|Scarring (not facial||Severe||£6,680.00 to £19,390.00||Several noticeable laceration scars or a single disfiguring scar.|
Compensation amounts for arm, hand, and finger injuries
|Part of body||Severity of injury||Amount of compensation||Types of injuries|
|Arm||Mild||£5,630.00 to £16,380.00||Fractured forearm.|
|Arm||Moderate||£16,380.00 to £33,430.00||Serious arm injury leading to long-lasting symptoms.|
|Arm||Serious||£33,430.00 to £111,690.00||Serious injury resulting in an inability to use the arm(s) to some extent. Does not result in amputation.|
|Arm||Severe||£82,040.00 to £255,930.00||Results may include the amputation of one/both arms. Compensation amount will depends on amputated area, whether phantom pain is experienced, and on other effects on the quality of life.|
|Elbow||Moderate||Up to £10,750.00||Includes: tennis elbow, deep cuts, simple fractures, no permanent damage.|
|Elbow||Serious||£13,360.00 to £27,320.00||Results in restricted movement but does not require surgery or cause disability.|
|Elbow||Severe||£33,430.00 to £46,780.00||Injury causes severe disability or requires surgery.|
|Wrist||Moderate||Up to £8,740.00||Uncomplicated Colles fracture or minor undisplaced fractures with recovery between 1 – 2 years. May include use of plasters.|
|Wrist||Serious||£10,750.00 to £20,900.00||Soft tissue damage or broken wrist causing some permanent disability.|
|Wrist||Severe||£20,900.00to £51,070.00.||Significant permanent disability or complete loss of wrist function.|
|Hand||Minor||Up to £4,050.00||Covers lacerations and crush injuries, and soft tissue injuries (recovery within 6 months).|
|Hand||Moderate||£4,780.00 to £11,330.00||Covers penetrating wounds and crush injuries resulting in permanent but non-intrusive symptoms, or soft tissue damage and deeper cuts resulting in impairment of the hand (may require surgery).|
|Hand||Severe||£24,740.00 to £171,920.00||Covers amputation and rejoining of several fingers, resulting in a clawed, impaired, or unsightly hand, amputation of one/both hands (alternatively, amputation of several fingers rendering the hand almost useless).|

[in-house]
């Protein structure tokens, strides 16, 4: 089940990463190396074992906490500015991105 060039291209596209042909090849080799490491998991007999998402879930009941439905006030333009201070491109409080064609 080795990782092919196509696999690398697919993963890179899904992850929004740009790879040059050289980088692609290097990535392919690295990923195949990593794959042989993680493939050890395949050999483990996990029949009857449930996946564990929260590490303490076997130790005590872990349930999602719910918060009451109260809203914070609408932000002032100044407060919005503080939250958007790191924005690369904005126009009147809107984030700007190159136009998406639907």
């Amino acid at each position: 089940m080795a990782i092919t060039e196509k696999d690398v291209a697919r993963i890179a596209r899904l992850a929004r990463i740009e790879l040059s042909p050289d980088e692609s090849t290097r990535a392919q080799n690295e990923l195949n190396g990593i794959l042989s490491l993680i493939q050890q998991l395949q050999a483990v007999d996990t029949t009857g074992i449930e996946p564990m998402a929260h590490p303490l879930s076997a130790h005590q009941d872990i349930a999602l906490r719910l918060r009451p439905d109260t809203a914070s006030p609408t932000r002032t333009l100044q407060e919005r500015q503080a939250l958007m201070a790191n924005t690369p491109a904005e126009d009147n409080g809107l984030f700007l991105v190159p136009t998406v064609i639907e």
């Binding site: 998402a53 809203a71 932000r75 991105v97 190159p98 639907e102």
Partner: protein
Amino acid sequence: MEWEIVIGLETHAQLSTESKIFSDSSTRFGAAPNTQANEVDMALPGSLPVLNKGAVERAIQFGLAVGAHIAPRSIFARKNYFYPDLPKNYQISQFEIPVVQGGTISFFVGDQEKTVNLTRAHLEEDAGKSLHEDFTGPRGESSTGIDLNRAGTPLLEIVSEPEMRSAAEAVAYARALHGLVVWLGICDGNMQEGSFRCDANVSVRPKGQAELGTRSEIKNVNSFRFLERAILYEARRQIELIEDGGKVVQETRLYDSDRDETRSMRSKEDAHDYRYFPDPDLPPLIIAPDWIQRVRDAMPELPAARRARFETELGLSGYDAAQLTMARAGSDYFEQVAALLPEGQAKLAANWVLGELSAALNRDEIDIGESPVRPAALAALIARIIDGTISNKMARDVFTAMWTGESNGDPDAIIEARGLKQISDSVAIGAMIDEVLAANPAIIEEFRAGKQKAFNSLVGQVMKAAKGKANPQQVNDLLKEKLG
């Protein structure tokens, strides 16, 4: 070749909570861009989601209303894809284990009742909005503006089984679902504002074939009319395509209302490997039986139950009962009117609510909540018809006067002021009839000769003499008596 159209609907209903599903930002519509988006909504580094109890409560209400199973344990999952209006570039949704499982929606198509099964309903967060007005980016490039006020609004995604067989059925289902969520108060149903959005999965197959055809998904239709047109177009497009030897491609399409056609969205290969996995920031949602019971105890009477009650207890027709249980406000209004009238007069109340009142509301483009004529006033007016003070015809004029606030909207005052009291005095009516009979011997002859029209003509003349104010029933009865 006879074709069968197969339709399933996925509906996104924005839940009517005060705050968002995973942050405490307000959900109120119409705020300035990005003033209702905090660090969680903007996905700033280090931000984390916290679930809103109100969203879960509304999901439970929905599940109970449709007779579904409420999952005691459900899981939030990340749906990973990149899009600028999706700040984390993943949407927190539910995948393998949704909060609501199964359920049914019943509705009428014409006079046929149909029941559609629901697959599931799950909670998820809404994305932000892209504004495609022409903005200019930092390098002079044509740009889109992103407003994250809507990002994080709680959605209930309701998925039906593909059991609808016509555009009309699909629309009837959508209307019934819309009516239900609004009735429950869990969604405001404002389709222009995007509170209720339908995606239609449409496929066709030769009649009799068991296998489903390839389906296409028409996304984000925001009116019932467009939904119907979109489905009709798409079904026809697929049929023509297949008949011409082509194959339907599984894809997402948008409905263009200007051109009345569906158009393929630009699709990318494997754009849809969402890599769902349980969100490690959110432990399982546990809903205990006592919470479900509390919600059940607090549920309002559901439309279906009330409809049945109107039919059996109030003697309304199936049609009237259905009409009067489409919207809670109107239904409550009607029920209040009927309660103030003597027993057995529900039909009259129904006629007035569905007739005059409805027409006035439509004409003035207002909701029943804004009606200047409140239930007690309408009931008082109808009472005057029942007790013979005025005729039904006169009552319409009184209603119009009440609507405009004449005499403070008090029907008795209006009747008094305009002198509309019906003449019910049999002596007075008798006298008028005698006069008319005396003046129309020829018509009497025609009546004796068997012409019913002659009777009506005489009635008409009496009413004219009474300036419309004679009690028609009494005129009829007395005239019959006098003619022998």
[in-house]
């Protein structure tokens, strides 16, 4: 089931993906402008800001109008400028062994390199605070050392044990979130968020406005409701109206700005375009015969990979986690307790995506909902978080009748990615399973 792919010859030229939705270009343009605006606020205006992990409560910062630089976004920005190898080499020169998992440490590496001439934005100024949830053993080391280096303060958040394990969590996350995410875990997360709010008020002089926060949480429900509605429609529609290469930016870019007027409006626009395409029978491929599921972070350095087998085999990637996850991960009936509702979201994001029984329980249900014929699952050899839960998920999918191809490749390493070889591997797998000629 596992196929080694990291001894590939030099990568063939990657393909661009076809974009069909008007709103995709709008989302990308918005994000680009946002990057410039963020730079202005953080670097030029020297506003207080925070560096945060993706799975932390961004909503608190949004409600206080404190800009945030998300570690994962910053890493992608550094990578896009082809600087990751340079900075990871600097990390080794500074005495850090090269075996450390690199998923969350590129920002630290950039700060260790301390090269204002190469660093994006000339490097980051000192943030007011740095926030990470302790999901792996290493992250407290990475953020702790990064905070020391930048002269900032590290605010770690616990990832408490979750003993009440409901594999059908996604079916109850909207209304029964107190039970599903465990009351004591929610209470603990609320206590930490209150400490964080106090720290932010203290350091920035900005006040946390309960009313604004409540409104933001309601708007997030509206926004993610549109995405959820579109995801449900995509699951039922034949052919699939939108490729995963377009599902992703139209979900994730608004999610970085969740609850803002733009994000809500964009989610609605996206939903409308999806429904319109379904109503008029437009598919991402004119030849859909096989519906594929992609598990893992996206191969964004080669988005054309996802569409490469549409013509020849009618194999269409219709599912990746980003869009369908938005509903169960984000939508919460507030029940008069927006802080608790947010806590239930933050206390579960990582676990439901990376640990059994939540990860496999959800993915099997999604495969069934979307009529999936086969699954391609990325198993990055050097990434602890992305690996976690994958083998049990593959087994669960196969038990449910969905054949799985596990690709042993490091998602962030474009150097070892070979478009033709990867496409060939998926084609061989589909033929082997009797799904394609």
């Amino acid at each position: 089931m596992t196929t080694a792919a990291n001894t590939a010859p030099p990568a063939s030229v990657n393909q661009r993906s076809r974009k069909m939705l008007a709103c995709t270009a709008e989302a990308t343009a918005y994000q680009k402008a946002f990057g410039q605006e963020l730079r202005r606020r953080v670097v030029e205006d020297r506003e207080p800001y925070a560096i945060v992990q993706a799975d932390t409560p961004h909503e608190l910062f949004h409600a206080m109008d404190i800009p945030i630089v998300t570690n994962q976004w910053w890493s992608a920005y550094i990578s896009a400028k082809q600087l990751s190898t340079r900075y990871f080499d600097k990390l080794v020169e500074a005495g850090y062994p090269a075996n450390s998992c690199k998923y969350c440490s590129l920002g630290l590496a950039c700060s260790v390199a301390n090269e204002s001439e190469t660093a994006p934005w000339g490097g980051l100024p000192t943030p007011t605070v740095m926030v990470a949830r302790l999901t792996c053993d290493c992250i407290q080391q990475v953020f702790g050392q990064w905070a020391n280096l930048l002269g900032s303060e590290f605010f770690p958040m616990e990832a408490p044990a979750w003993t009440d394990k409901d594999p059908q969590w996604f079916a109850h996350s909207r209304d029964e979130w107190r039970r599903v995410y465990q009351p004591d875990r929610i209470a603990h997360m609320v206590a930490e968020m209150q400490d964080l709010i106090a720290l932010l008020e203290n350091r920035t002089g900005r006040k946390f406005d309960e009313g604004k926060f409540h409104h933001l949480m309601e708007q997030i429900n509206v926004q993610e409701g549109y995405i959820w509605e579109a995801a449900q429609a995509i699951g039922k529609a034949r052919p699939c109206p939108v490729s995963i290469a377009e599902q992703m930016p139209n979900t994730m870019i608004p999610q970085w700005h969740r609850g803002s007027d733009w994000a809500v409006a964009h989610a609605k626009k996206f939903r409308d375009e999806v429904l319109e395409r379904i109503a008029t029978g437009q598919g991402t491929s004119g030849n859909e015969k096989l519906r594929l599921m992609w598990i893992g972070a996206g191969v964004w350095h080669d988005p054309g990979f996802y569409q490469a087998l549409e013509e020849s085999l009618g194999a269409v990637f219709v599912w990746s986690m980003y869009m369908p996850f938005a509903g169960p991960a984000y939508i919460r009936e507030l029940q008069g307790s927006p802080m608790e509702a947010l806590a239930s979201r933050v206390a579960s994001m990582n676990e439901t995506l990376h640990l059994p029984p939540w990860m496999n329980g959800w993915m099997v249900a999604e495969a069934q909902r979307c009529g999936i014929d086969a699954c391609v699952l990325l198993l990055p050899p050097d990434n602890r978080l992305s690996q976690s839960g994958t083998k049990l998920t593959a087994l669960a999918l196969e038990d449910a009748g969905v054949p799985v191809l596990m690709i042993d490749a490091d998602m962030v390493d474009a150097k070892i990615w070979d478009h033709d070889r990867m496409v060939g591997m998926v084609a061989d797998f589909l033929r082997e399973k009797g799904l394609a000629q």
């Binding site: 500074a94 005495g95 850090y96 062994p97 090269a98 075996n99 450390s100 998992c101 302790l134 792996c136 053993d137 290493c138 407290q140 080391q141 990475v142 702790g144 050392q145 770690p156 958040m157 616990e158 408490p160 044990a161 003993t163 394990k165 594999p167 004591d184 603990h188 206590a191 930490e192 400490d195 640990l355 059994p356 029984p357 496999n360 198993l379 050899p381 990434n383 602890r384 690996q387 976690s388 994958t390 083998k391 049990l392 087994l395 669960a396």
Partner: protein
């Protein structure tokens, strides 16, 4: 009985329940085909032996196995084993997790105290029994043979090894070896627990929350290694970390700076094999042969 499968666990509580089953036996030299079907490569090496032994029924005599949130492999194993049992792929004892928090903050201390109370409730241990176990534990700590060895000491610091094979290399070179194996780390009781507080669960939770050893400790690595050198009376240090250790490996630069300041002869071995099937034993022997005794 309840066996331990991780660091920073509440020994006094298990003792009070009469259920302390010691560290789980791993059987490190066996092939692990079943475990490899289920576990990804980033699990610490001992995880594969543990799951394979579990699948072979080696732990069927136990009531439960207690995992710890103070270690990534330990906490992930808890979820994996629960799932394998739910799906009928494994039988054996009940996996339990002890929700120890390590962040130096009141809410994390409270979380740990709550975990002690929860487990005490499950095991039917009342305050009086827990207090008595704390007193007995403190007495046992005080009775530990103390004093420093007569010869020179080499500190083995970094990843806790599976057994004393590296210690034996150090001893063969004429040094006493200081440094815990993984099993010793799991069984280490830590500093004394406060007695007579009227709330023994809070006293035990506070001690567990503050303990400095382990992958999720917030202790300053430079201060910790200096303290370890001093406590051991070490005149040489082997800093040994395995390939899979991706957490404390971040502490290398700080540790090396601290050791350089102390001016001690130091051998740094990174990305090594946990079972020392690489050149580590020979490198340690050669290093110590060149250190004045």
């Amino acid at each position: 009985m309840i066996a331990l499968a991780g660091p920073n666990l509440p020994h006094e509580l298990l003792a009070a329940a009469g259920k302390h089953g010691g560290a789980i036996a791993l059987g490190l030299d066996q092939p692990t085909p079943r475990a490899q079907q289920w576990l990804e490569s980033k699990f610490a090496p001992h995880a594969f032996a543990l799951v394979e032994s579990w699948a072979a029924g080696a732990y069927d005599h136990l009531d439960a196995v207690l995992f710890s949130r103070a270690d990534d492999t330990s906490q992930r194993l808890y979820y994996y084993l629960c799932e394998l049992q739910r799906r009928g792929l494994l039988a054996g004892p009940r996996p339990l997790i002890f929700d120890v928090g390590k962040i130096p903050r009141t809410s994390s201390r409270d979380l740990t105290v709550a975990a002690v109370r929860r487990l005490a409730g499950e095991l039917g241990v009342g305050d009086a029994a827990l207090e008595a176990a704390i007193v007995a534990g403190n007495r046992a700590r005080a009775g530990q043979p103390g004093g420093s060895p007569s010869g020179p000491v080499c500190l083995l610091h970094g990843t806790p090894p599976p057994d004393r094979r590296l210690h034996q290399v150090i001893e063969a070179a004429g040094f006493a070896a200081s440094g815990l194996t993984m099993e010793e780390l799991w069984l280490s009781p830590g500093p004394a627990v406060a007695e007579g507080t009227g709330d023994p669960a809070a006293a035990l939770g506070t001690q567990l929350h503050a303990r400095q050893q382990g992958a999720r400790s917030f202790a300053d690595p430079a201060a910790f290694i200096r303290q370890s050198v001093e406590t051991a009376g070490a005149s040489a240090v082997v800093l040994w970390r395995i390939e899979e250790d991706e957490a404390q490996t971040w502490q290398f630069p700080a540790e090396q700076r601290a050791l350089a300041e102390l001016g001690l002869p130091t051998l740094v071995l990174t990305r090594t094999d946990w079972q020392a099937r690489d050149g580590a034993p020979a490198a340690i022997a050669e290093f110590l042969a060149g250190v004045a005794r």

|Finger||Minor||Up to £4,055.00||Includes: full-healed fractured finger bones (healed within 1 year) with/without minor scarring.|
|Finger||Moderate||£3,370.00 to £5,000.00||Includes: complete (or almost complete) recovery after broken finger, amputation or loss of a part of the little finger.|
|Finger||Severe||£10,380.00 to £31,350.00||Includes: complete amputation of one/more fingers, fractures of the index finger. Compensation depends on level of disability and suffering.|
|Thumb||Minor||Up to £4,055.00||Short-term, severe pain gone within 3 months.|
|Thumb||Moderate||£3,370.00 to £10,750.00||Covers fractures with recovery within 6 months, damage to nerves or tendons resulting in partial loss of sensation, and cosmetic thumb deformities.|
|Thumb||Severe||£10,750.00 to £46,780.00||Partial/complete amputation of the thumb, surgical wire insertions, nerve damage, fractures, inability to grip.|
Compensation amounts for leg and foot injuries
|Part of body||Severity of injury||Amount of compensation||Types of injuries|
|Leg||Minor||£7,780.00 to £12,010.00||Minor injuries with recovery within a few months (e.g. soft-tissue injuries, bruising, cuts, and contusions). Slightly more severe injuries such as simple fractures of the femur, tibia, or fibula.|